Protecting access to data has become a key goal for financial institutes. According to a study, credit card frauds rose by 44% to reach 393,207 in 2020 compared to its 2019 figure. Amidst this rising uncertainty and financial frauds, all’s not lost as measures are being implemented to build more robustness in the systems. Case in point – the European Union’s second Payment Services Directive (PSD2).
With PSD2, two main ideas come into play – (i) using a strong consumer authentication requirement for online transactions through multi-factor authentication (MFA) and (ii) recognizing and regulating third-party providers (TPPs) to access consumer bank accounts/data if the account holders provide the requisite consent. The customer authentication process uses a two-factor authentication (2FA) strategy which combines two pieces of information – a password or pin already known to the user and a separate code generated / fingerprint of the user. This ensures a unique authentication for every transaction. A few exceptions are observed for transactions below 30 euros and the ones which are recurring in nature (Auto-debited).
Impact of PSD2 on Business and Payment Industries
Since PSD2 impacts all electronic transactions, two main services see a direct impact – Payment Initiation Services (PIS); and Account Information Services (AIS). When it comes to PIS, other providers enable online banking from a consumer’s account to a merchant’s account. Filling in the relevant information (transaction amount, from and to account numbers, dates, message, relevant updates/alerts etc.) is facilitated by the provider. Consumers need not visit their online bank to initiate these transactions.
AIS focuses on collecting and storing customer information in a single place for a global, holistic view. Consumers can thus get access to their aggregated information from multiple accounts in a single application, providing a much more well-rounded overview of their finances in real-time.
Of course, another change that many customers are facing is having to go through an additional layer of authentication in the form 2FA. Businesses can expect lesser frauds and more seamless transactions. Since these authentication steps will be applicable to only those very specific transactions, customers can expect more robust, secure communication and payments. That would mean transacting with ease, comfort, and an additional layer of protection.
Who Does PSD2 Apply To?
PSD2 typically applies to transactions where the card issuer and the acquiring bank are based in the European Economic Area. Through this implementation, one-time transactions will become far more robust while low value and merchant-initiated transactions (recurring transactions) will not see any change. Cash payments will remain as-is. Transactions to trusted beneficiaries are also exempted.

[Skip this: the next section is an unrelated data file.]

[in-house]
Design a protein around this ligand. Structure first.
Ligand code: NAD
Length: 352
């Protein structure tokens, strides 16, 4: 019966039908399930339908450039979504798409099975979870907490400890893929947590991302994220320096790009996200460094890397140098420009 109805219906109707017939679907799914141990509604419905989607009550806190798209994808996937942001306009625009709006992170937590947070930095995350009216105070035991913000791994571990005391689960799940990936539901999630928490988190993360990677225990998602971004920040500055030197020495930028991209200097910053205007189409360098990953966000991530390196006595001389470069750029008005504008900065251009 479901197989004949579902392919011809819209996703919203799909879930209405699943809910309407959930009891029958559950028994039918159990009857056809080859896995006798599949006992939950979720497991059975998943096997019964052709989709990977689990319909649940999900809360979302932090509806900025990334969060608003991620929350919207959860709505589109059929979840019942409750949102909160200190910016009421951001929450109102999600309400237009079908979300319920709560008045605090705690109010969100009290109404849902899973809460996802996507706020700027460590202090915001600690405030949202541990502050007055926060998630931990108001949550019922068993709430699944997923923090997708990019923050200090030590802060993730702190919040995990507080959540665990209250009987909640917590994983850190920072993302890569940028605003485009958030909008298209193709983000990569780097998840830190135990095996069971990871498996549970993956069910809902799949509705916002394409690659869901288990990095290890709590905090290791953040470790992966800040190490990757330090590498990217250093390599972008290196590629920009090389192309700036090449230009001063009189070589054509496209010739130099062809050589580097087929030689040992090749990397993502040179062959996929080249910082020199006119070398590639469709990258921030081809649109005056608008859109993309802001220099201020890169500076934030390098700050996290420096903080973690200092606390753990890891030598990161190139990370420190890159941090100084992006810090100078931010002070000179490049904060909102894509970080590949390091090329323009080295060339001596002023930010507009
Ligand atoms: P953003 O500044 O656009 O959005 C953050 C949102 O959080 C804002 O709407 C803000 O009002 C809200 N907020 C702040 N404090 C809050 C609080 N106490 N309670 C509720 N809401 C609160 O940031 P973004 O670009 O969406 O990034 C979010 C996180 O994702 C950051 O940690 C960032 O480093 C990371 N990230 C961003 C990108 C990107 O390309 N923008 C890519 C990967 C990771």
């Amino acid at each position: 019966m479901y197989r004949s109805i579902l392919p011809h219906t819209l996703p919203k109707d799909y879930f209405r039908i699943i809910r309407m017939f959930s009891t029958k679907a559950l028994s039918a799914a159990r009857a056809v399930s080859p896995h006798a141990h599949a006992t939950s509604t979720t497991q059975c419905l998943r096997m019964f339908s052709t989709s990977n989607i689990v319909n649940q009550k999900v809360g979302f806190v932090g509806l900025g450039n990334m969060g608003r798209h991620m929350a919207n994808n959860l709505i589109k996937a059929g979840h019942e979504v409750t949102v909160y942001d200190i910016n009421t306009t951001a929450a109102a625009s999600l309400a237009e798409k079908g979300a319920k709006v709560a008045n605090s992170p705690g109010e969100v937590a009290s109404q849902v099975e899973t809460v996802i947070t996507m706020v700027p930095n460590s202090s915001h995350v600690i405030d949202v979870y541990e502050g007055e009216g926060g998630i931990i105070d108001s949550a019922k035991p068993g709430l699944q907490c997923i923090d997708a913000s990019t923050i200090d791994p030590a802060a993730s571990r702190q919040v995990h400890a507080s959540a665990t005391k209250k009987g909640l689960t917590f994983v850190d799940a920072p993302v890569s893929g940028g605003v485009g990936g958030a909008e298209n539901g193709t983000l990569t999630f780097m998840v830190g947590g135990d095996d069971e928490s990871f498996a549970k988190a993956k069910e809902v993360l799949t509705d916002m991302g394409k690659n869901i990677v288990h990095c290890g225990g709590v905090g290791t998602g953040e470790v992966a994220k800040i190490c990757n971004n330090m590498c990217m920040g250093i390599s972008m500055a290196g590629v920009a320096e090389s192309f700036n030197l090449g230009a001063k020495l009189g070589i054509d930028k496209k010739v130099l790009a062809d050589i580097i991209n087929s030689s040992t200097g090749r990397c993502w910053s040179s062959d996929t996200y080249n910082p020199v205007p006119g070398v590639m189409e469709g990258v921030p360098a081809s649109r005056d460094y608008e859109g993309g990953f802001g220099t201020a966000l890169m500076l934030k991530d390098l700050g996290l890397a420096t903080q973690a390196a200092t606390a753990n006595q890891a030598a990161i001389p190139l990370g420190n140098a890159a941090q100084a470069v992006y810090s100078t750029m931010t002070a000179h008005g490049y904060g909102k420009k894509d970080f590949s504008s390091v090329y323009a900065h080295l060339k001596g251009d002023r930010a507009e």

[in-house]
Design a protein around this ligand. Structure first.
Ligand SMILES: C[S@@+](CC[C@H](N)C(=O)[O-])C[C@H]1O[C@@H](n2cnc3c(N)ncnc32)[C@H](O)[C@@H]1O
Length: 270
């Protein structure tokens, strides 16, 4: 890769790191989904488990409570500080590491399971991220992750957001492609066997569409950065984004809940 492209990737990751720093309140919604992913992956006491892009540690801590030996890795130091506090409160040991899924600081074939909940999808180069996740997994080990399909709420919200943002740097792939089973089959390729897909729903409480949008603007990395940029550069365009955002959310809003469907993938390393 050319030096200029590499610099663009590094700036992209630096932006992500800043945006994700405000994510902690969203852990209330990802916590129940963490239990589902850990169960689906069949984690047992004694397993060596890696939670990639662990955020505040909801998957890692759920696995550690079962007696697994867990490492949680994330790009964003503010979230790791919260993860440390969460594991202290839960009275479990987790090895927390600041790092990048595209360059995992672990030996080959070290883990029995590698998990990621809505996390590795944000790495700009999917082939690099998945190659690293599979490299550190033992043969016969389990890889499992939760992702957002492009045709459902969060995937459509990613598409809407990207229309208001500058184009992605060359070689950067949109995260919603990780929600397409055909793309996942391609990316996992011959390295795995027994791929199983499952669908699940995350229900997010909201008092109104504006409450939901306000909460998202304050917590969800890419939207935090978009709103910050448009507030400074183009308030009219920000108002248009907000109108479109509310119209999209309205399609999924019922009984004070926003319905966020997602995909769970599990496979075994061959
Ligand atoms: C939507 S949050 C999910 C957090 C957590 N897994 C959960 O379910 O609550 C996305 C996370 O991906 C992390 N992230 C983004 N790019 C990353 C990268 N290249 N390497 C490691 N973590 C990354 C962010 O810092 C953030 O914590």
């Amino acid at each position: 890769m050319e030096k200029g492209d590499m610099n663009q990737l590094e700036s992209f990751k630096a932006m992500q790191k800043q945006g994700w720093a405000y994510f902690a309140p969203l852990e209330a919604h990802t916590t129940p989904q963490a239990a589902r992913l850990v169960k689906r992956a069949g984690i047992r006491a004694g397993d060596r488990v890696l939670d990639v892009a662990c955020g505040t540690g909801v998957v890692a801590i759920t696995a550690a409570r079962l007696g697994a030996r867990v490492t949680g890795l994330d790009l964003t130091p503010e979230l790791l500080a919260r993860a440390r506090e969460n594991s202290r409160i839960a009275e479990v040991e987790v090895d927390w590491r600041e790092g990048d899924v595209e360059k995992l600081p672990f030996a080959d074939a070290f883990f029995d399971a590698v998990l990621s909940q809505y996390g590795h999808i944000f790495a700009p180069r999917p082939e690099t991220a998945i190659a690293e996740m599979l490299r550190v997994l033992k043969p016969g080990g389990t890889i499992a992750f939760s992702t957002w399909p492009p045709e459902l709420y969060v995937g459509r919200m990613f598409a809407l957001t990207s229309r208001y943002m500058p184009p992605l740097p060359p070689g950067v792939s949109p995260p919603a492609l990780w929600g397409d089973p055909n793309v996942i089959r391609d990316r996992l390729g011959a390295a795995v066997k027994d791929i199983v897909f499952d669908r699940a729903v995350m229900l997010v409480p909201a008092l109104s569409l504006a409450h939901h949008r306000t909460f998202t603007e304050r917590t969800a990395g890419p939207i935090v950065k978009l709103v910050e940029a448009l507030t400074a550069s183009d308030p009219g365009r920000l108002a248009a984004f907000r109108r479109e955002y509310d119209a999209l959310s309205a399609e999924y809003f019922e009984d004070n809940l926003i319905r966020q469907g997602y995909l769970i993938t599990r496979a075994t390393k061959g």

How Can One Ensure PSD2 Compliance?
For the authentication process to kick in and continue smoothly, banks have had to update the authentication elements like relevant messages or additional tokens / one-time passwords to be shared with customers on time. Exceptions should also be factored in so that transactions pertaining to lower financial values or to trusted beneficiaries or the ones associated with auto-debits can happen seamlessly. Storing consumer preference data is also crucial. Taking a relook at the partnerships and ensuring relevant entities are included will further help smoothen the process.
Implications of PSD2 on International Businesses
Though the implications are predominantly focused on EU regions, the USA is not far behind. The US payments industry is already on its way to implement strong authentication practices. One specific standard that is of interest is 3-D Secure version 2 (3DS2), which supports biometrics and one-time passwords (OTPs). Banks still have to implement API to recognize 3DS2 that is shared by all card networks. Its earlier version 3DS1 was dependent on merchants redirecting cardholders to the relevant bank’s site to collect information which was understandably leading to dropouts. 3DS2, on the other hand, doesn’t require a sign-up process.
Businesses should ideally set up their EU entities if a major chunk of their business comes from Europe. Expansion plans also need to consider PSD2 compliance while a company which is headquartered elsewhere but has entities in the EU needs to be compliant too.
Gearing for PSD2
PSD2 enables companies to put a cap on the fraud rates while also ensuring they gain customer trust. The focus should be on providing a smooth MFA strategy while also keeping relevant exceptions in mind. Systems would have to be configured to avoid confusion and customer inconvenience. AppSealing’s app shielding helps financial institutes comply with regulations like PSD2 to ensure secure online transactions and protected data exchange. Companies having entities in the EU or the ones wanting to expand into new geographies in the EU can leverage the multiple benefits of AppSealing’s solution. Click here to get a quick, hassle-free demo.